Wednesday, August 17, 2011

Down Goes Miami: Part 2

The key words are "institutional control." Now, granted, it's not easy to keep your institutional alligator arms around dozens of coaches and hundreds of athletes, but when you add wealthy, egotistical and fanatical boosters into the mix it gets extremely tricky.  Our take is you can't expect any given university to control the rouge booster, but you can expect the university to cut ties with said program killer when the lunacy come to light.

As we like to say: You can't hide crazy.
Why Miami Is In Trouble

By Dan Wetzel, Yahoo! Sports

Nevin Shapiro says he was drunk, humiliated and belligerent.

It was Miami’s final home game ever at the Orange Bowl, Nov. 10, 2007. The halftime scoreboard read Virginia 31-0 (en route to a 48-0 embarrassment). Everything Shapiro held dear about the Hurricanes was being stomped on.

As a major booster to the program Shapiro had access to the Orange Bowl press box and that’s where he spotted David Reed, the school’s associate athletic director for compliance. Shapiro felt Reed had been implementing rules that were too stringent, trying to keep boosters and players apart.

To Shapiro, the results of Reed’s efforts were manifesting themselves on the field. A once-powerful program was a competitive disgrace.

“So I tried to kick his ass,” said Shapiro, who despite standing just 5-foot-5 was always willing to fight. “I was screaming at him, calling him a sissy over and over, at least five times. I shouted, ‘these guys are a bunch of (expletives) playing for a real (expletive) (head coach Randy Shannon) and, by the way, you’re a (expletive) too.’

“I had to be held back from hitting him. I wanted to punch him in the face.”

The scene was confirmed to Yahoo! Sports by a separate source who helped break up the situation. The University of Miami declined comment and didn’t make Reed available for an interview.

Shapiro never laid a hand on Reed but the wild, public scene is perhaps the most blatant example of a lack of institutional control ever seen in college athletics.It almost perfectly sums up the depths the Miami program sank, except, well, that wasn’t even rock bottom for the Hurricanes.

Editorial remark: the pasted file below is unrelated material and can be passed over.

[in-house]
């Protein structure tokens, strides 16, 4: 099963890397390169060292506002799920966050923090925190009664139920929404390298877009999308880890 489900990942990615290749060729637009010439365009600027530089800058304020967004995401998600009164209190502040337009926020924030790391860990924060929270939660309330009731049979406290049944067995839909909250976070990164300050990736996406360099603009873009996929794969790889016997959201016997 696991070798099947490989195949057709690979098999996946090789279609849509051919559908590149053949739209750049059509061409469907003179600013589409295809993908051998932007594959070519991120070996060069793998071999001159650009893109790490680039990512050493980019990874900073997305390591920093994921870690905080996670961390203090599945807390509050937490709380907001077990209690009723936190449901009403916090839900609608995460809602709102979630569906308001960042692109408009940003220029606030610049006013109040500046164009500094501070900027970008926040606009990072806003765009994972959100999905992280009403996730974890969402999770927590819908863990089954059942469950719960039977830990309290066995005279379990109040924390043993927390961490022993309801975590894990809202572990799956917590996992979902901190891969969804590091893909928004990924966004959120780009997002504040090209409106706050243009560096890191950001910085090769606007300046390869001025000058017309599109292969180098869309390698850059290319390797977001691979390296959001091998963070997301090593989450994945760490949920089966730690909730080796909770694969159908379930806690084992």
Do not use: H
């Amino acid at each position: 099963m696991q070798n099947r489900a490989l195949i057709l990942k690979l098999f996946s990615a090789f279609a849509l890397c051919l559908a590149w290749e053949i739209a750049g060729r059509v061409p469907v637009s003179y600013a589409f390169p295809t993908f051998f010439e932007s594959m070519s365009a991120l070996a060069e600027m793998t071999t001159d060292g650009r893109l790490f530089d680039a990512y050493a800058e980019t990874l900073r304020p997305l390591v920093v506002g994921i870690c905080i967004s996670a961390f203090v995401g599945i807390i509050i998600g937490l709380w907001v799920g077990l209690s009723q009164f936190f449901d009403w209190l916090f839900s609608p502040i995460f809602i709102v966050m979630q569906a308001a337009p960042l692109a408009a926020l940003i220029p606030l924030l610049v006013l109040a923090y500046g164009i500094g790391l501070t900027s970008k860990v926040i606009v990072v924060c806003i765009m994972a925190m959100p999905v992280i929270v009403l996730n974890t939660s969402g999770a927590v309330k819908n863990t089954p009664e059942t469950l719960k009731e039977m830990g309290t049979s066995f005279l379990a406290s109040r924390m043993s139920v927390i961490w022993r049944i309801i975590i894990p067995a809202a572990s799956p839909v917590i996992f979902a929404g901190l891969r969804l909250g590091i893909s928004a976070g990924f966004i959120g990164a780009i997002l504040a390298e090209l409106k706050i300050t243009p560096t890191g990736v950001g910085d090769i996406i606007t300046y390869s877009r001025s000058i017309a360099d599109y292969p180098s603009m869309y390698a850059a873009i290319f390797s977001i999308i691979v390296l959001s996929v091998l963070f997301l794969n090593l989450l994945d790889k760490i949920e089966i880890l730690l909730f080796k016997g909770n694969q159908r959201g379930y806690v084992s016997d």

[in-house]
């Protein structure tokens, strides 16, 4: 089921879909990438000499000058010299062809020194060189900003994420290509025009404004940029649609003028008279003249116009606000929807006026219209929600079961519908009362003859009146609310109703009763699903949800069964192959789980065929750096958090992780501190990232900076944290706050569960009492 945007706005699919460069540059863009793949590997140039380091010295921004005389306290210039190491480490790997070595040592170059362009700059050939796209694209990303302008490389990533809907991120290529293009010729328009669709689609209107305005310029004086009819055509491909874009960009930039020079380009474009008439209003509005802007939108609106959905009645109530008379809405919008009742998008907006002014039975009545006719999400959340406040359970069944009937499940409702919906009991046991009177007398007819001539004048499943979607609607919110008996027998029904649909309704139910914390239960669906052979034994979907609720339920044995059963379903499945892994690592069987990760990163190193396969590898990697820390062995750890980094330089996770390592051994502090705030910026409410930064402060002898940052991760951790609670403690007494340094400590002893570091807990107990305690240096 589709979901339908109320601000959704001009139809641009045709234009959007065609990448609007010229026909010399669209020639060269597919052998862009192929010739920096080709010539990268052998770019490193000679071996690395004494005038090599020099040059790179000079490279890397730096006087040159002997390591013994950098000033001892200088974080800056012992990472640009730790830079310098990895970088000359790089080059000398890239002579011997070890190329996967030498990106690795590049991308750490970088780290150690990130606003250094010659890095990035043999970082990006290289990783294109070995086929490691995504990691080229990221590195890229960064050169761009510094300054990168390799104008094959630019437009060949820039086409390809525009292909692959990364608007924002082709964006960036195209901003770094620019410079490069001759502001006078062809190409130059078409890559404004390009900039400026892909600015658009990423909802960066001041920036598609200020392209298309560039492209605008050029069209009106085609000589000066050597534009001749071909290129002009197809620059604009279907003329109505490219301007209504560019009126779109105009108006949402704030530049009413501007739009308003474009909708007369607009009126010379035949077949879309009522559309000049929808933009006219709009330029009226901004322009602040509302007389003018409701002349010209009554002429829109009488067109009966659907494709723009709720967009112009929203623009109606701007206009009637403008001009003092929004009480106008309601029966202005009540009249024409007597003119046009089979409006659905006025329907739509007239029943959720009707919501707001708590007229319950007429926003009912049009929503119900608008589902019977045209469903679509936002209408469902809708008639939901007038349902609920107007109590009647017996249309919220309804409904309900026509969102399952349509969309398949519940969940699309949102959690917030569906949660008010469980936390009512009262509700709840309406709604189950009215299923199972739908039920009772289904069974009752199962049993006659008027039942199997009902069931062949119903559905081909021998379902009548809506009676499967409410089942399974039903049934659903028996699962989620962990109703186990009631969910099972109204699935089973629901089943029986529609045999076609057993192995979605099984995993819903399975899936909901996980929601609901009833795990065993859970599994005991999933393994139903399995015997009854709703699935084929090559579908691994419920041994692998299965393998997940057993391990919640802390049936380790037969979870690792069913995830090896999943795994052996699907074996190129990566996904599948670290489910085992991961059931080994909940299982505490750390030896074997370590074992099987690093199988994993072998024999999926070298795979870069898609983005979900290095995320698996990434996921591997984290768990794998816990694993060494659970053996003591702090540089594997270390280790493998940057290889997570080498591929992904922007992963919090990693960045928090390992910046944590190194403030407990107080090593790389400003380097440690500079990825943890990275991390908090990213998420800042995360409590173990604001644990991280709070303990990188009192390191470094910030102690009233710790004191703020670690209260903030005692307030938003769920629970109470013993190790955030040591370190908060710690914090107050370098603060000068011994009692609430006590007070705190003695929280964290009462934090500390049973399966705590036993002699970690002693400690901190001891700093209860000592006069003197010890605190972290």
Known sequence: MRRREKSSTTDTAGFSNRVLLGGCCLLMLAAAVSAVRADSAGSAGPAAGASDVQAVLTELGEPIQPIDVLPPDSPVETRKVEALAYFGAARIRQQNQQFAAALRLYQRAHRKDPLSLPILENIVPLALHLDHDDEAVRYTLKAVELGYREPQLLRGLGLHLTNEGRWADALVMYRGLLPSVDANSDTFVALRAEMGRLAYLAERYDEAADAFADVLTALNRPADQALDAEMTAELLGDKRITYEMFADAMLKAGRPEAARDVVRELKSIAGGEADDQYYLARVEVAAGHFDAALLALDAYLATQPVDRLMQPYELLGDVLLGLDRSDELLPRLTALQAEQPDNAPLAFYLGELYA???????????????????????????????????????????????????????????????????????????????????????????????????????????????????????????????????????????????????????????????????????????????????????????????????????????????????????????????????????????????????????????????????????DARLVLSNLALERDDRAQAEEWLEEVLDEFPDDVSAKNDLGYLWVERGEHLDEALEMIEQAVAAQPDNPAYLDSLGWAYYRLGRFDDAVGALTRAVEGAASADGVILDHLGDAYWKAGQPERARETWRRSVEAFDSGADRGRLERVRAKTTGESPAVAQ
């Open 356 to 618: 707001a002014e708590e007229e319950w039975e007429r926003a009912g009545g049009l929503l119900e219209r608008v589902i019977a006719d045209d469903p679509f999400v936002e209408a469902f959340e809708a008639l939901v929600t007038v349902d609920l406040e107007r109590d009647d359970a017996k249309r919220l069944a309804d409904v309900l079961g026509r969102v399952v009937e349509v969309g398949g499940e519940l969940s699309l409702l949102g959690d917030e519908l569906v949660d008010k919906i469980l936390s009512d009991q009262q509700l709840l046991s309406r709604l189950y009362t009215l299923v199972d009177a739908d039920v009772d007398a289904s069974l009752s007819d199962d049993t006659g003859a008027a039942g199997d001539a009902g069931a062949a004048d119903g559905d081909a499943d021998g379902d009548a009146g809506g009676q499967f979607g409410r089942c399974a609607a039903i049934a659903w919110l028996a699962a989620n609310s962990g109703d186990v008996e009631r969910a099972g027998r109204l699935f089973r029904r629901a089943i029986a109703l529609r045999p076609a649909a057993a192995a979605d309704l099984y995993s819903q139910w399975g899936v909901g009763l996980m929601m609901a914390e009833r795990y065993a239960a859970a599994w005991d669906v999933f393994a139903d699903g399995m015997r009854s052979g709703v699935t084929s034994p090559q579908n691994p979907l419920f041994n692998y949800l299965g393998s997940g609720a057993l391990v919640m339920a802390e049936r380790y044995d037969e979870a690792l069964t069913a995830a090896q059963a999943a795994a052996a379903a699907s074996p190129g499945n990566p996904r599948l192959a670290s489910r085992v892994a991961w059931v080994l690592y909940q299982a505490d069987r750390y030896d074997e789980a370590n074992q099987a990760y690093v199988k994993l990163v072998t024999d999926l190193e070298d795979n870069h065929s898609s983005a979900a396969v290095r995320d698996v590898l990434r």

As bad as it was for a notorious booster to try to punch out the compliance director, worse is that the school allowed Shapiro to continue operating as he wished.

Shapiro said an athletic department official told him that after the confrontation Reed investigated Shapiro and discovered his troubling ties to athletes, coaches and his part ownership in a professional sports agency. 

Shapiro said he was never questioned by Miami though and never limited in his activities until April 2010, when he was charged with running a $930 million Ponzi scheme. He’s since pled guilty and is currently serving a 20-year term in federal prison.

Shapiro was so welcome in the Miami family that in 2008 he even threw a fundraiser for the basketball program at the trendy Lucky Strike Lanes bowling alley in South Beach. It was attended by no less than UM president Donna Shalala, the former Secretary of Health and Human Services in the Clinton White House.


The most difficult issue for Miami, the one that will cause the NCAA hammer to drop harder and swifter than any other is this: did school officials know, or should they have known, of Shapiro’s actions?

“Everybody knew,” said Shapiro, who tried to hide specific actions but overall wanted to be seen as a big-time player on the scene. “The whole town knew. I didn’t care who knew. With all that I was doing (illegally), do you think I cared about the NCAA? I thought I was invincible. My mentality with Miami was, ‘what are you going to do about it?’

“And you know what? They didn’t do anything.”

Not even after he tried to fight the compliance director.

To read the rest of the article, click here

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